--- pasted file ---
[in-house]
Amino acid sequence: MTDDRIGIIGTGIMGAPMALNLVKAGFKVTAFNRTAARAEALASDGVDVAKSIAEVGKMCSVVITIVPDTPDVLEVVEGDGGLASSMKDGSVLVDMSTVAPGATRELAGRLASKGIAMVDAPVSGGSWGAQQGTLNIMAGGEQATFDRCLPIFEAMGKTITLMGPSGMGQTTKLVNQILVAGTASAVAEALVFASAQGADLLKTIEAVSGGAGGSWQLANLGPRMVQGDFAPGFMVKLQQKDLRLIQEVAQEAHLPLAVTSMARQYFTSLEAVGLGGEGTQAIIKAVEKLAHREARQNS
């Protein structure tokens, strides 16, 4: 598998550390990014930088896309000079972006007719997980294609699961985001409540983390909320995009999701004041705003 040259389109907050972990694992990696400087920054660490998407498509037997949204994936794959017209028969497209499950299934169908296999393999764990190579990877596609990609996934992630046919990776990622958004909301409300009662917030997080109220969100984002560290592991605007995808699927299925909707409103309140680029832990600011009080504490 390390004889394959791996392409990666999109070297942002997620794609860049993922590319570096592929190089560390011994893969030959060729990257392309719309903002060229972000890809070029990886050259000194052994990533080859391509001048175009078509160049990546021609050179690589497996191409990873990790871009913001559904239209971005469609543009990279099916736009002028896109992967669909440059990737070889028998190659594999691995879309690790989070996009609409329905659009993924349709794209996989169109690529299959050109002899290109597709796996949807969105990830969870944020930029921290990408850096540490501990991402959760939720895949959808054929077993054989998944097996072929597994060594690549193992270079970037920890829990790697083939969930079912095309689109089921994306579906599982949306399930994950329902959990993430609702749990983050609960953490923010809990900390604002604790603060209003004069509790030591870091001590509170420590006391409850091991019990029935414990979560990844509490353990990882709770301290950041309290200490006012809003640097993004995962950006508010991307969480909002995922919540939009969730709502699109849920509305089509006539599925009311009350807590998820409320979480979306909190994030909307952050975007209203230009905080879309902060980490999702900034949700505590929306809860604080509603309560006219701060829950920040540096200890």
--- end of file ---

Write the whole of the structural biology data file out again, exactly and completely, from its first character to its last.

[in-house]
Amino acid sequence: MTDDRIGIIGTGIMGAPMALNLVKAGFKVTAFNRTAARAEALASDGVDVAKSIAEVGKMCSVVITIVPDTPDVLEVVEGDGGLASSMKDGSVLVDMSTVAPGATRELAGRLASKGIAMVDAPVSGGSWGAQQGTLNIMAGGEQATFDRCLPIFEAMGKTITLMGPSGMGQTTKLVNQILVAGTASAVAEALVFASAQGADLLKTIEAVSGGAGGSWQLANLGPRMVQGDFAPGFMVKLQQKDLRLIQEVAQEAHLPLAVTSMARQYFTSLEAVGLGGEGTQAIIKAVEKLAHREARQNS
């Protein structure tokens, strides 16, 4: 598998550390990014930088896309000079972006007719997980294609699961985001409540983390909320995009999701004041705003 040259389109907050972990694992990696400087920054660490998407498509037997949204994936794959017209028969497209499950299934169908296999393999764990190579990877596609990609996934992630046919990776990622958004909301409300009662917030997080109220969100984002560290592991605007995808699927299925909707409103309140680029832990600011009080504490 390390004889394959791996392409990666999109070297942002997620794609860049993922590319570096592929190089560390011994893969030959060729990257392309719309903002060229972000890809070029990886050259000194052994990533080859391509001048175009078509160049990546021609050179690589497996191409990873990790871009913001559904239209971005469609543009990279099916736009002028896109992967669909440059990737070889028998190659594999691995879309690790989070996009609409329905659009993924349709794209996989169109690529299959050109002899290109597709796996949807969105990830969870944020930029921290990408850096540490501990991402959760939720895949959808054929077993054989998944097996072929597994060594690549193992270079970037920890829990790697083939969930079912095309689109089921994306579906599982949306399930994950329902959990993430609702749990983050609960953490923010809990900390604002604790603060209003004069509790030591870091001590509170420590006391409850091991019990029935414990979560990844509490353990990882709770301290950041309290200490006012809003640097993004995962950006508010991307969480909002995922919540939009969730709502699109849920509305089509006539599925009311009350807590998820409320979480979306909190994030909307952050975007209203230009905080879309902060980490999702900034949700505590929306809860604080509603309560006219701060829950920040540096200890």